I thought I was being so clever – hording at least one panier post to tide me over (in both blog fodder and reminders of the piles of fresh vegetables would eventually return at the end of the vacances). Turns out I ended up taking a blog vacation of my own, including a few real vacation days during which I fled the cool, grey Paris summer for the sweltering beauty of Italy in August. For the past two weeks, my vegetables have returned and now, ironically, I find myself with a surplus of veggie tales (no, not these kind) to share with all of you.
Conveniently for combinatorial posting, I am currently stuck in a culinary rut; namely, I cannot seem to get my fill of peppers. Lucky for me (or perhaps because of this?), our paniers have been endlessly generous in this regard. Even more exciting is that this has not been restricted to just bell peppers. In the finally-blogged-about late July panier, we received several long, spicy-smelling peppers, very reminiscent of Anaheim chiles.
(First week of August)
However, most of the pepper surplus has come in the form of the lowly green bell pepper. I find it amusing that green bell peppers, in particular, seem to be the bane of many food bloggers’ CSA shares. I do not question that I would easily chose a sweet red or yellow bell pepper over their unripe, bitter green cousin, but in the end, I am not so picky.
(Second week of August – and caught up!).
Simply put, peppers (of any/all sorts) remind me of home. Specifically, long, lazy summer days in California – browsing the overflowing, vibrantly colored farmers markets, grilling vegetables as a first course on a Sunday afternoon and, best of all, a variety of mouthwatering Tex-Mex dishes. Homesickness has lately been running fast and deep around here, so I took the continual bounty of peppers as an excuse to dive headlong into those memories and do my best to recreate some of my favorite pepper-centric dishes here in Paris.
(Chile Relleno casserole – recipe here)
While the variety and options of Mexican street food (burritos, tacos, tortas) in Paris are on the upswing (the tacos at Candelaria are truly delicious, no matter what country you would find them), it is still a bit of a challenge to find restaurants that offer (emphasis) affordable sit-down Mexican cuisine. I make no claim to authenticity, but for me this casserole satisfied a long held craving for chile rellenos – one of my favorite (and now most missed) south-of-the-border specialties. Stuffed with sausage, potatoes and a mild feta, baked into a soufflé/casserole and topped with chipotle-tomato sauce (the endless panier tomatoes) and cheddar cheese, it was warming meal to share with a good friend on a surprisingly cool August evening.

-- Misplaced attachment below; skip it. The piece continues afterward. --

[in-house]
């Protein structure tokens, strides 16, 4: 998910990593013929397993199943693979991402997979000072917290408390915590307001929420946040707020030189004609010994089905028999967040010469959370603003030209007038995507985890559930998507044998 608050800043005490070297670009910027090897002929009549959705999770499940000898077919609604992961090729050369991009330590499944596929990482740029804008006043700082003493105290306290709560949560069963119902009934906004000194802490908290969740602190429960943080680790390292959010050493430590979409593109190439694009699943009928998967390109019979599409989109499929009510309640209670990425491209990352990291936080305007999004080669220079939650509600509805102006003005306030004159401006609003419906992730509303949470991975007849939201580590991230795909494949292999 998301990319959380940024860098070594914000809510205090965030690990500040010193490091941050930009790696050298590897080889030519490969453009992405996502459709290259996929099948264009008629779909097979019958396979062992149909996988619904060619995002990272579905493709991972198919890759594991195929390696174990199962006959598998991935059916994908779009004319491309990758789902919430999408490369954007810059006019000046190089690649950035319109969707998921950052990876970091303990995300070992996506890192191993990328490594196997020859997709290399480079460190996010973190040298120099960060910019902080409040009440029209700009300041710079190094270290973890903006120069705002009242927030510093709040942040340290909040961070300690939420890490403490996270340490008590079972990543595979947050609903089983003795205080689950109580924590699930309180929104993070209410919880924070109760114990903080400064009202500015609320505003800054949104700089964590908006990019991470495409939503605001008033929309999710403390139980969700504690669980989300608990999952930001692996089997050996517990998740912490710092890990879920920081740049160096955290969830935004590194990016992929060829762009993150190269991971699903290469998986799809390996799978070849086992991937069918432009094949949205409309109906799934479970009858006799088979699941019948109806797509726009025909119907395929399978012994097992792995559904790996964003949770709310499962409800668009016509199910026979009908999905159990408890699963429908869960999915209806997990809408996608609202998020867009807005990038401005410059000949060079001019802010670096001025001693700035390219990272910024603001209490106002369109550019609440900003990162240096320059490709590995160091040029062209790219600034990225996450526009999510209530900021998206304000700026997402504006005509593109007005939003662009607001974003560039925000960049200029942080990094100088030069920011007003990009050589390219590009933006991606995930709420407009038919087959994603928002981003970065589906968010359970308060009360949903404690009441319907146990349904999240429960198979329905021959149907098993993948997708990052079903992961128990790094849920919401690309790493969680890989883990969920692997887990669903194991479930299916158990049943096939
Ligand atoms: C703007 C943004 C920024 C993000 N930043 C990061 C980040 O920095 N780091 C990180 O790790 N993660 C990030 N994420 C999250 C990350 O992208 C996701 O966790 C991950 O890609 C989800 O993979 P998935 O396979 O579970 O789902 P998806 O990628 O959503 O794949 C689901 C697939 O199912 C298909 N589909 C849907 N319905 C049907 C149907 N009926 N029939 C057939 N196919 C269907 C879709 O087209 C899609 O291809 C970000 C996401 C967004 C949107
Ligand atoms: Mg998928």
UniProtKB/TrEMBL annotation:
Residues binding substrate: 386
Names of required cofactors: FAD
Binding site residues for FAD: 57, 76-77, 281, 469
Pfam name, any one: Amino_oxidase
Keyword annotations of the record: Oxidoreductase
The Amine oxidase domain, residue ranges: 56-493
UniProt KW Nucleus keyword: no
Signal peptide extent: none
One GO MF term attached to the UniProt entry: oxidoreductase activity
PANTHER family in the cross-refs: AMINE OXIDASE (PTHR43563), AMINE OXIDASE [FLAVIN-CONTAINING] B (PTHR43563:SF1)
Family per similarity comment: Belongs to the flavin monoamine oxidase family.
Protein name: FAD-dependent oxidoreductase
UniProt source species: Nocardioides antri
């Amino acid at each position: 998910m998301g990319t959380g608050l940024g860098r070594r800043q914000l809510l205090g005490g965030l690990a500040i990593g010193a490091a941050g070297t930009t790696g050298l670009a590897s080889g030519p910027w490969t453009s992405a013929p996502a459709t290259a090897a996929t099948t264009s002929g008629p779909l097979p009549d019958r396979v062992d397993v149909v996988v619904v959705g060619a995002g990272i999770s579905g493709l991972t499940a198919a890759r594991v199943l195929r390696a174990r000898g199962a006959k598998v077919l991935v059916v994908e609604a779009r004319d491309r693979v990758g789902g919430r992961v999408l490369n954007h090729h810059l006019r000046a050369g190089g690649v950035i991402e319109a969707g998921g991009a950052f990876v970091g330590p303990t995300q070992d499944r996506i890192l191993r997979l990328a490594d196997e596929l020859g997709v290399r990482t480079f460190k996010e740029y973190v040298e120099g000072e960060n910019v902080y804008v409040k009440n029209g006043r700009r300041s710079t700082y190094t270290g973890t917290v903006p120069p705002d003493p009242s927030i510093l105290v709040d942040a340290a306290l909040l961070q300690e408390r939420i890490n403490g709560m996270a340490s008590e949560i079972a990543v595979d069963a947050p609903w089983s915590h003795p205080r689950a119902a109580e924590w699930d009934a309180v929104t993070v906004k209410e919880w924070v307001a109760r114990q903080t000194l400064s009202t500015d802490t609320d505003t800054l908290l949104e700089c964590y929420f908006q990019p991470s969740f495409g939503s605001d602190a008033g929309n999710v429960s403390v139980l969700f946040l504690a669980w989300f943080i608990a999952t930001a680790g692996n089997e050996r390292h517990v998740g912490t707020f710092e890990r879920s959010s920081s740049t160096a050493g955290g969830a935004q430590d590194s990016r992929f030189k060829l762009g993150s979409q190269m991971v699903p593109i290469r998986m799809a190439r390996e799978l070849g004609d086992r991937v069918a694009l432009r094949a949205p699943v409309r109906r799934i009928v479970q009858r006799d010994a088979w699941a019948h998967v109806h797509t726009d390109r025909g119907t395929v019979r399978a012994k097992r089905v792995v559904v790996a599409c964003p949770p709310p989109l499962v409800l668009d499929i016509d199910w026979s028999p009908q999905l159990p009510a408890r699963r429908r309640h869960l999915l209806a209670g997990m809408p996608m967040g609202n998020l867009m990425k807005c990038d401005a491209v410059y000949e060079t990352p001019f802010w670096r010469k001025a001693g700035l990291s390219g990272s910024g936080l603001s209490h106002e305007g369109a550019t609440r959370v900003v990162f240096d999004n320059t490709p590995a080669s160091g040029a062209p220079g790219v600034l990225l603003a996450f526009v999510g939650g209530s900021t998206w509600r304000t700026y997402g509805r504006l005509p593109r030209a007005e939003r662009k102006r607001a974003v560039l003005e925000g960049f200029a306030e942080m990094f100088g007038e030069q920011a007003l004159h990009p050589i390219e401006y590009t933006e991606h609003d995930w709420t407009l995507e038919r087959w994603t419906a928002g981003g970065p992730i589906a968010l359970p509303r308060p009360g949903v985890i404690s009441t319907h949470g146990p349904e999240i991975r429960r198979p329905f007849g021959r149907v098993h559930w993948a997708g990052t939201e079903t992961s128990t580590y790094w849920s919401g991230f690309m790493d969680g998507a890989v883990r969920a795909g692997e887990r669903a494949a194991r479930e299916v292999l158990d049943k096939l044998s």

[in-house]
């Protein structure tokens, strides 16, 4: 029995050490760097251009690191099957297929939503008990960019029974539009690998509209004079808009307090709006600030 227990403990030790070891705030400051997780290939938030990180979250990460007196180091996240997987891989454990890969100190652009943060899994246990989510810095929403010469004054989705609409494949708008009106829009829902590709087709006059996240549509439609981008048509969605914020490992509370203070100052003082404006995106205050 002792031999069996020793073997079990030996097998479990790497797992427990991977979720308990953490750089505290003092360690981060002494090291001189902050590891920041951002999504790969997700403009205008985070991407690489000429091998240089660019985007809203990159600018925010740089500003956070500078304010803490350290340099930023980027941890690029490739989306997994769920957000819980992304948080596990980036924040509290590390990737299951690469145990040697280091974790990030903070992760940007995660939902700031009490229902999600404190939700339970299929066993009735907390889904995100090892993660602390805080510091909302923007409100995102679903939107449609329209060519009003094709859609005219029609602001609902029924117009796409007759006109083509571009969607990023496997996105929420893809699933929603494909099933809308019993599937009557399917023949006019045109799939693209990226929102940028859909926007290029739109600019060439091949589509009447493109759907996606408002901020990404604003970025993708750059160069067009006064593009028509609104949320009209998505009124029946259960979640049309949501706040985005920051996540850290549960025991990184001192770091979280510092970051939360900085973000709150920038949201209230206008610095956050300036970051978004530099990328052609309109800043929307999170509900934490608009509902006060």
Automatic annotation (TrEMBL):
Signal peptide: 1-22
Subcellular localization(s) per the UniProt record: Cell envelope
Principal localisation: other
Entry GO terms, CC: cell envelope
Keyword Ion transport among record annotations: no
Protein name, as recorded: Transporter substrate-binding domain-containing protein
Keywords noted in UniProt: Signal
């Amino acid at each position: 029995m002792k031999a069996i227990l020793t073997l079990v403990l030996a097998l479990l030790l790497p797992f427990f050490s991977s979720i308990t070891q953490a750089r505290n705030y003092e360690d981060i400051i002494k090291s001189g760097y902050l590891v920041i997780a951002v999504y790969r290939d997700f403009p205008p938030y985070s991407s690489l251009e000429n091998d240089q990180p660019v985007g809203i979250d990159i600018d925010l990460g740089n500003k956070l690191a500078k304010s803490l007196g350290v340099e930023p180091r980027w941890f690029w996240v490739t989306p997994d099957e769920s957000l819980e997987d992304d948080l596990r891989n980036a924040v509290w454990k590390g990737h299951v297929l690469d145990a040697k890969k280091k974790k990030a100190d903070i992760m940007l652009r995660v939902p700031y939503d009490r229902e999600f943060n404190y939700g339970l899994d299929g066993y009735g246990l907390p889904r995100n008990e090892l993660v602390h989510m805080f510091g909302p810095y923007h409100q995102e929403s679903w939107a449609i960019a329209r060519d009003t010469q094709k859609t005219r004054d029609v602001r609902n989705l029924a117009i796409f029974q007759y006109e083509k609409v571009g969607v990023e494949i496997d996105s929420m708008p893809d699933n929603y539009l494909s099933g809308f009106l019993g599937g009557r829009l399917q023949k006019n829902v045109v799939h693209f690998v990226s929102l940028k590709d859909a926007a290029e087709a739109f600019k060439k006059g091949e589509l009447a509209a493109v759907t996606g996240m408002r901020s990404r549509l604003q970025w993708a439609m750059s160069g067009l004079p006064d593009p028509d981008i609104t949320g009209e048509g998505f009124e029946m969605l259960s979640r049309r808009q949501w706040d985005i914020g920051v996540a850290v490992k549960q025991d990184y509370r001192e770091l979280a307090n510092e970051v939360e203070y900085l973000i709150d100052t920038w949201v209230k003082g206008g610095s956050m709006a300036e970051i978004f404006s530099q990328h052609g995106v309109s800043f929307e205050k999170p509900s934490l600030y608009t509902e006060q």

(Heaven – and a brief reprieve from panier pepper posting)
(Stuffed bell peppers)
I have fond memories of stuffed bell peppers, as one of those easy, go-to meals for my mom while I was growing up. Although stuffed with sausage, sweet corn and rice and then smothered in cheese and tomato sauce, it always seemed somewhat healthy to me that we were eating a meal enclosed in a green pepper shell. Following on the heels of the chile rellenos, it seemed a small mental step to take on stuffing the next week’s supply of bell peppers, as we had received sweet corn (!) and more tomatoes for sauce. Plus, it was a personal challenge to see if I could make a green bell pepper dish that Camille would enjoy. She finished everything on her plate, so I will count that as success. These were so good, I made them twice. In one week.
(Tequila-lime chicken fajitas – recipe for marinade here)
Beyond roasting peppers beyond recognition for torta salad (a tasty dinner with Camille to help consume her double-share of bell peppers) or stuffed and smothered in cheese, the last pepper-centric meal that got stuck in my head was fajitas. As an added bonus, fajitas not only meant using the peppers, but also making guacamole and pico de gallo (another tomato buster), as well as restarting the weekly panier-purge dinner. Despite my Facebook yearnings to eat the guacamole with a spoon, I actually did need others to help me consume this massive Tex-Mex feast.
Sneaking a peak at the selection in next week’s panier shows me that the summer flavors are still coming out in force – perhaps zucchini or eggplant and, surprisingly, rhubarb. However, we seem to be taking a break from the pepper harvest. I am OK with that. I am almost sure I have had my fill.
(surprisingly hot peppers now taking up valuable space in my kitchen)
Yet yesterday,in my quest to find truly spicy chiles and large quantities of fresh cilantro for the fajitas, I ended up with these. They are beyond hot (for my palate) and both my lips and nose were burning for hours after tasting them. But, they are so pretty that I could not pass them up. Any suggestions for their use, besides as a photo prop? I may have a pepper problem…